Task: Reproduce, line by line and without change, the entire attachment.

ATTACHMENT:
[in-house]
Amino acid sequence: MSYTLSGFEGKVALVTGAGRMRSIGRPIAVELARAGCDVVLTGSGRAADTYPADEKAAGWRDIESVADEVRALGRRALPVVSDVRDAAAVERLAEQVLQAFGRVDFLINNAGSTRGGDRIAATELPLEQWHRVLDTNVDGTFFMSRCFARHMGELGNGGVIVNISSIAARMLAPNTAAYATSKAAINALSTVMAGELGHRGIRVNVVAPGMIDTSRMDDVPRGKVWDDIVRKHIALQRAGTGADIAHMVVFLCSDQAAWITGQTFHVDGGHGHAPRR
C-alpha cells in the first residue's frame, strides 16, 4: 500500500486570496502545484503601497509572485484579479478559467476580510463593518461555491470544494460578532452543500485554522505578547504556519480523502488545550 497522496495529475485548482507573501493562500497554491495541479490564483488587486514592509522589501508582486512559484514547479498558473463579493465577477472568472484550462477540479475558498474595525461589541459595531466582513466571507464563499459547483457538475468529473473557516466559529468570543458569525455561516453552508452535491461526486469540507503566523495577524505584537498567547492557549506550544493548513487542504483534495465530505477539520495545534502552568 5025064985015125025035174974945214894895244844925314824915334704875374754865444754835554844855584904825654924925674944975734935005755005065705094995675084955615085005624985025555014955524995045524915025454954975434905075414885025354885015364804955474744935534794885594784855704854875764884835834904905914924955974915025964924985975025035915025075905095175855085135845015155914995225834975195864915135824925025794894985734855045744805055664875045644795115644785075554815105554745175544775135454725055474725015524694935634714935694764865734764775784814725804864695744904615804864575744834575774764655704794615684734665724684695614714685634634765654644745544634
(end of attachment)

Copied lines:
[in-house]
Amino acid sequence: MSYTLSGFEGKVALVTGAGRMRSIGRPIAVELARAGCDVVLTGSGRAADTYPADEKAAGWRDIESVADEVRALGRRALPVVSDVRDAAAVERLAEQVLQAFGRVDFLINNAGSTRGGDRIAATELPLEQWHRVLDTNVDGTFFMSRCFARHMGELGNGGVIVNISSIAARMLAPNTAAYATSKAAINALSTVMAGELGHRGIRVNVVAPGMIDTSRMDDVPRGKVWDDIVRKHIALQRAGTGADIAHMVVFLCSDQAAWITGQTFHVDGGHGHAPRR
C-alpha cells in the first residue's frame, strides 16, 4: 500500500486570496502545484503601497509572485484579479478559467476580510463593518461555491470544494460578532452543500485554522505578547504556519480523502488545550 497522496495529475485548482507573501493562500497554491495541479490564483488587486514592509522589501508582486512559484514547479498558473463579493465577477472568472484550462477540479475558498474595525461589541459595531466582513466571507464563499459547483457538475468529473473557516466559529468570543458569525455561516453552508452535491461526486469540507503566523495577524505584537498567547492557549506550544493548513487542504483534495465530505477539520495545534502552568 5025064985015125025035174974945214894895244844925314824915334704875374754865444754835554844855584904825654924925674944975734935005755005065705094995675084955615085005624985025555014955524995045524915025454954975434905075414885025354885015364804955474744935534794885594784855704854875764884835834904905914924955974915025964924985975025035915025075905095175855085135845015155914995225834975195864915135824925025794894985734855045744805055664875045644795115644785075554815105554745175544775135454725055474725015524694935634714935694764865734764775784814725804864695744904615804864575744834575774764655704794615684734665724684695614714685634634765654644745544634